Washer not filling all the way

Have an approximately 10 year old Whirlpool top load washer. It's not filling as full as it used to on "Super size" setting. Where should I be looking to DIY repair this? Is the fill level based on a sensor or some kind of timer? Or....?
Thanks
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it has a pressure sensor that switches electricity off from the fill valve.Most failure, though, cause overfilling, rather than underfilling, as a hose leak does not build up pressure as the washer fills and so it takes a higher water level to build up the pressure to turn the fill off. Does it do this on all fills over all the various types of cycles, and on the rinse fill also???
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On Wed, 15 Jun 2011 17:11:10 -0700 (PDT), brassplyer

It's not a timer. It always gets to the same level even when it's only hot or cold water or both, even when the faucet is partly turned off, even when there are stones clogging the screens that protect the washer valves.

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There's usually a water level switch (aka pressure switch) that "senses" the water level in the wash tub. It's usually a plastic tube which runs from the switch in the control console down to the side of the outer tub, near the bottom. When the tub fills, water also enters the tube where it pushes on the air trapped inside and increases the air pressure. When the air pressure reaches a certain level, it triggers the switch. A defective pressure switch can result in both underfilling or overfilling of the tub.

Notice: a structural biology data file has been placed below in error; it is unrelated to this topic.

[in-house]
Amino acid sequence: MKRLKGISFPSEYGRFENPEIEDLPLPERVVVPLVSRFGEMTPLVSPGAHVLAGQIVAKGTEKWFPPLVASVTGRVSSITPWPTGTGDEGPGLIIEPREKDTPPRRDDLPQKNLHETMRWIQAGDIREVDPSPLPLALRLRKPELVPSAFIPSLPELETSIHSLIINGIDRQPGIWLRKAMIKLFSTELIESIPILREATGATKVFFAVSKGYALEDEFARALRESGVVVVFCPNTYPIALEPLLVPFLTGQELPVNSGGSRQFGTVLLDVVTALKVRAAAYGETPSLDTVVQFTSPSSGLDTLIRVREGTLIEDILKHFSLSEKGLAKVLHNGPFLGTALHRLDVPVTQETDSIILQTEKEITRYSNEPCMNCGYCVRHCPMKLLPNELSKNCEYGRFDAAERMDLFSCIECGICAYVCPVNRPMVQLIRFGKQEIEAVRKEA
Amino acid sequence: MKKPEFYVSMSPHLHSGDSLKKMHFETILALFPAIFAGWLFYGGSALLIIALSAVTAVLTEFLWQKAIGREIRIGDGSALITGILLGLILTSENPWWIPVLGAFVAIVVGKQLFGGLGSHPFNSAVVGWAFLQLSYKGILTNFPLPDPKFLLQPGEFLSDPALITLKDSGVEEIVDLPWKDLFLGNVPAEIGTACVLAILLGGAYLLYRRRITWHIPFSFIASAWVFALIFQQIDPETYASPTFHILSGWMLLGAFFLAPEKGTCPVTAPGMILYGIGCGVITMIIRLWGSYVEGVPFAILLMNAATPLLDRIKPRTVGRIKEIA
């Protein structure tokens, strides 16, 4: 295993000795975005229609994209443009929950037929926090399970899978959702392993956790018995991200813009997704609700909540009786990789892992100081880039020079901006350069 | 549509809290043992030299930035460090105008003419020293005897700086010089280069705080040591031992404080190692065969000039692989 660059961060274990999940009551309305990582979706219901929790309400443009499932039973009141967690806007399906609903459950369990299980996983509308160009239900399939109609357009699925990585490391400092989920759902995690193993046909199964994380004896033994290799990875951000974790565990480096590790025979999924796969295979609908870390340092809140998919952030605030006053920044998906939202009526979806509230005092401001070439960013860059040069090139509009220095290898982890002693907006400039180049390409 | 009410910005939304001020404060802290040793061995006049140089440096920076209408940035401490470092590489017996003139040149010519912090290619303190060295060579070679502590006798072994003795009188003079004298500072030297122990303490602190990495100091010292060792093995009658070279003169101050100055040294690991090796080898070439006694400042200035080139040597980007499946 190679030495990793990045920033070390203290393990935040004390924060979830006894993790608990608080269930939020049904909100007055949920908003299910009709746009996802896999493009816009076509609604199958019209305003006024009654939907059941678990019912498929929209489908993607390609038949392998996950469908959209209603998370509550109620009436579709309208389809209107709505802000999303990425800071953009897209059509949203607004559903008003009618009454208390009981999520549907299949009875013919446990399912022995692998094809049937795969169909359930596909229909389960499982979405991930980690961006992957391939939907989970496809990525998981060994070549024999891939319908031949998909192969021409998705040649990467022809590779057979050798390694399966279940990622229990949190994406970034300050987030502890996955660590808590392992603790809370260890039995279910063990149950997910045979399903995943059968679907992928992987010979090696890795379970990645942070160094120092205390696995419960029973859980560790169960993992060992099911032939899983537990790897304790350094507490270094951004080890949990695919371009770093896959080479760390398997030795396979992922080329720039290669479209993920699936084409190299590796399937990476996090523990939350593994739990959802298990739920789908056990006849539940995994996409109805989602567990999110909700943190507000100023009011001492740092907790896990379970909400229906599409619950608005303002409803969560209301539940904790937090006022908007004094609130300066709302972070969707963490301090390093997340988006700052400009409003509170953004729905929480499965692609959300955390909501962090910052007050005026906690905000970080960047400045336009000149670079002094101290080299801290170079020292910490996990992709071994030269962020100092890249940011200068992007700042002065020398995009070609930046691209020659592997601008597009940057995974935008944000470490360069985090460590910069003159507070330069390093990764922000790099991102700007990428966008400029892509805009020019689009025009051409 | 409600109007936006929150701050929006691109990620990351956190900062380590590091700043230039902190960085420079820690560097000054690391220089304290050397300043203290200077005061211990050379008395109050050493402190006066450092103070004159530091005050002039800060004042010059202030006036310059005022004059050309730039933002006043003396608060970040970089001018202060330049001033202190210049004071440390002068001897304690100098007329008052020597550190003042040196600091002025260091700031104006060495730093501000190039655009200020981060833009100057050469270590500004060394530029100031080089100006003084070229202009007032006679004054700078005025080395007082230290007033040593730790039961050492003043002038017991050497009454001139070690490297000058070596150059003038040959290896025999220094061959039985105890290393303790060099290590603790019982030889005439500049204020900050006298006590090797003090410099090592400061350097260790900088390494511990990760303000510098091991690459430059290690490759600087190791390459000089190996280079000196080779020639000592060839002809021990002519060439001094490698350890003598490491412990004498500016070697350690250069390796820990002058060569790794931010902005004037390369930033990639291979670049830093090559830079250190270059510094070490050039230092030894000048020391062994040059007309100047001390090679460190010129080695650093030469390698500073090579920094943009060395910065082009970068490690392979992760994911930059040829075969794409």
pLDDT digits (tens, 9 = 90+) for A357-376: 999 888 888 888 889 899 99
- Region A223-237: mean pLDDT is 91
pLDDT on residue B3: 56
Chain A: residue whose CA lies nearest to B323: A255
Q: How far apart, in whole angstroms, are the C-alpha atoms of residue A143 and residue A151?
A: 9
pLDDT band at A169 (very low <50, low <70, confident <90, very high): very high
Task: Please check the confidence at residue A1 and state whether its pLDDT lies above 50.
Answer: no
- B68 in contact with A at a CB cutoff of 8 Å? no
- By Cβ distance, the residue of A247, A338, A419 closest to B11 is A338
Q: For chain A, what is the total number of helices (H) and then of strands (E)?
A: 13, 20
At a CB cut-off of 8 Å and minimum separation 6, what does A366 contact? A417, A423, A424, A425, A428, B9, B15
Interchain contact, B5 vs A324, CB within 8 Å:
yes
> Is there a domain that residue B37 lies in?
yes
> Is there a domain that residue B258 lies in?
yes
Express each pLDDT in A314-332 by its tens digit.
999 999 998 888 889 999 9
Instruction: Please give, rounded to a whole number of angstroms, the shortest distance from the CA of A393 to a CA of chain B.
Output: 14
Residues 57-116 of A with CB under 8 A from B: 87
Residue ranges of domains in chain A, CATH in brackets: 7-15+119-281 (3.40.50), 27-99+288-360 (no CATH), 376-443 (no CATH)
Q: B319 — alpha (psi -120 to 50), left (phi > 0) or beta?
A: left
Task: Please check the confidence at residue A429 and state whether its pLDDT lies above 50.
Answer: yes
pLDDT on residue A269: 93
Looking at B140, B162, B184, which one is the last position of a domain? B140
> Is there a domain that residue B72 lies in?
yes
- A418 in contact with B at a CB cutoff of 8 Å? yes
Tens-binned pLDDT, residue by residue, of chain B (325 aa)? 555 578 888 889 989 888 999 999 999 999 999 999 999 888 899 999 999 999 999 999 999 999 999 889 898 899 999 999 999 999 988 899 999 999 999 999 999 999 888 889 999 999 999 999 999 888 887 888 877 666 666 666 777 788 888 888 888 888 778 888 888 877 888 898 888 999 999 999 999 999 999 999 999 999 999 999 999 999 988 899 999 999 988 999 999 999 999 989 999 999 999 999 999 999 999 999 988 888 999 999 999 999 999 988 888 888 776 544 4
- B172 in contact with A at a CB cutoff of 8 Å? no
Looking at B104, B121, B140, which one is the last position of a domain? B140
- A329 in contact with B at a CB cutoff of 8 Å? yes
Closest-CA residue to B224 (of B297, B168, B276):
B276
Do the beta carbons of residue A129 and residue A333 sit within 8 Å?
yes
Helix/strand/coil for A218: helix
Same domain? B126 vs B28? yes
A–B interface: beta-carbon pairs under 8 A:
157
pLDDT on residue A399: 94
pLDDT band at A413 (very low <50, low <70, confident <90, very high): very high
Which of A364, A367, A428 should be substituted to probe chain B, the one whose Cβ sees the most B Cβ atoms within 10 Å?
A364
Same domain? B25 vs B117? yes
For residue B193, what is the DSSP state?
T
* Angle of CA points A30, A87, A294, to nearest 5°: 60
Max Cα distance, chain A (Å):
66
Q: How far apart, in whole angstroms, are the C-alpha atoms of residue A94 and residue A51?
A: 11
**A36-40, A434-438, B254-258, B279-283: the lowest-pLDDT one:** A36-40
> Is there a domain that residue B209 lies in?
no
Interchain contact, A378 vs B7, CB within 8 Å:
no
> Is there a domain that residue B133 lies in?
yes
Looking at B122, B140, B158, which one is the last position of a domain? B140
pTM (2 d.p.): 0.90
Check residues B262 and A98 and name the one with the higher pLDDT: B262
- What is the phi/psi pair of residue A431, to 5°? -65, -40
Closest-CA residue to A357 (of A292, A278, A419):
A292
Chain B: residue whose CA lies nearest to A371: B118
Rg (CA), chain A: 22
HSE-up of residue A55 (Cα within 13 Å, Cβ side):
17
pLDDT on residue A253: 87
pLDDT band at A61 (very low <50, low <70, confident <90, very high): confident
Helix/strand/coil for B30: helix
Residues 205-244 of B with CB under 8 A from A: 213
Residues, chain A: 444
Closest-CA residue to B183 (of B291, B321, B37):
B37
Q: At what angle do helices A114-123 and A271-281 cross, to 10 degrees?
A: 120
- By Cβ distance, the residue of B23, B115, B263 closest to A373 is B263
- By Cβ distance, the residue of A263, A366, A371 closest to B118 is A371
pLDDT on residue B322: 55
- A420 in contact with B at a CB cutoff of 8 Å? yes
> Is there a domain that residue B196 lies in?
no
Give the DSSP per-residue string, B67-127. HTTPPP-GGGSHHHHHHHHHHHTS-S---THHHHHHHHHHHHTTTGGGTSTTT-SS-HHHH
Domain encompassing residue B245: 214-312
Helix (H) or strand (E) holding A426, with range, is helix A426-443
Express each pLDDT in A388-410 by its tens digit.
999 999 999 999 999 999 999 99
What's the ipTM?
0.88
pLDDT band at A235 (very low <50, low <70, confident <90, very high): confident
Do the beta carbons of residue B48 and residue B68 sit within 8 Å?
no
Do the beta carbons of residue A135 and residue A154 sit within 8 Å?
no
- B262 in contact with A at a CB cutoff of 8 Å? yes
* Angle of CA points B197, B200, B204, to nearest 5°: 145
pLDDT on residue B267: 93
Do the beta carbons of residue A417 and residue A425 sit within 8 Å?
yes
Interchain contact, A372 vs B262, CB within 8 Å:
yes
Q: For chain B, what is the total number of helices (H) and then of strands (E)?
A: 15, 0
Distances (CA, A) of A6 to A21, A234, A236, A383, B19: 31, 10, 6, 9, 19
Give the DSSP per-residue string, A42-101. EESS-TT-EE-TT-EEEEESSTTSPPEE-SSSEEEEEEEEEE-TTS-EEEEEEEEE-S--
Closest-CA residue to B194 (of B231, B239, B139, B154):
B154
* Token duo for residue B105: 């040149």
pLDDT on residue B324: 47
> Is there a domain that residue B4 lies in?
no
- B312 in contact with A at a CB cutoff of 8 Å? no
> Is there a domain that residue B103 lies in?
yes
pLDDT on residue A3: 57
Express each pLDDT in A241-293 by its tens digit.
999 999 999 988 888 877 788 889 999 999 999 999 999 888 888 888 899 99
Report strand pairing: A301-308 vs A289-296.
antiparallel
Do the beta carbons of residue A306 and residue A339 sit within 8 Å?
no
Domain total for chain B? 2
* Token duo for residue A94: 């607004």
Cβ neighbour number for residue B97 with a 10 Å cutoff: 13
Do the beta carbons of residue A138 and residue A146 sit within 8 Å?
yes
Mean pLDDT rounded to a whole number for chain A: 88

Inspect the air tube for kinks, breaks or damage. The tube should also be free of water. The tubing should be securely connected to the bottom of the outer tub and to the bottom of the water level switch.
If you're comfortable using a multimeter, you can remove (after labeling!) the wires to the switch to test the switch for continuity test each of the possible pairs. You can test the switch by blowing air into the pressure switch to see if it causes the circuit to open and break the continuity of the appropriate switch pair. Or you could just take a leap of faith and replace it because that's an easy fix compared to getting to the sensor tube in the outer tub. That's what I would do since the cost of the switch is almost certain to be less than a service call.
-- Bobby G.
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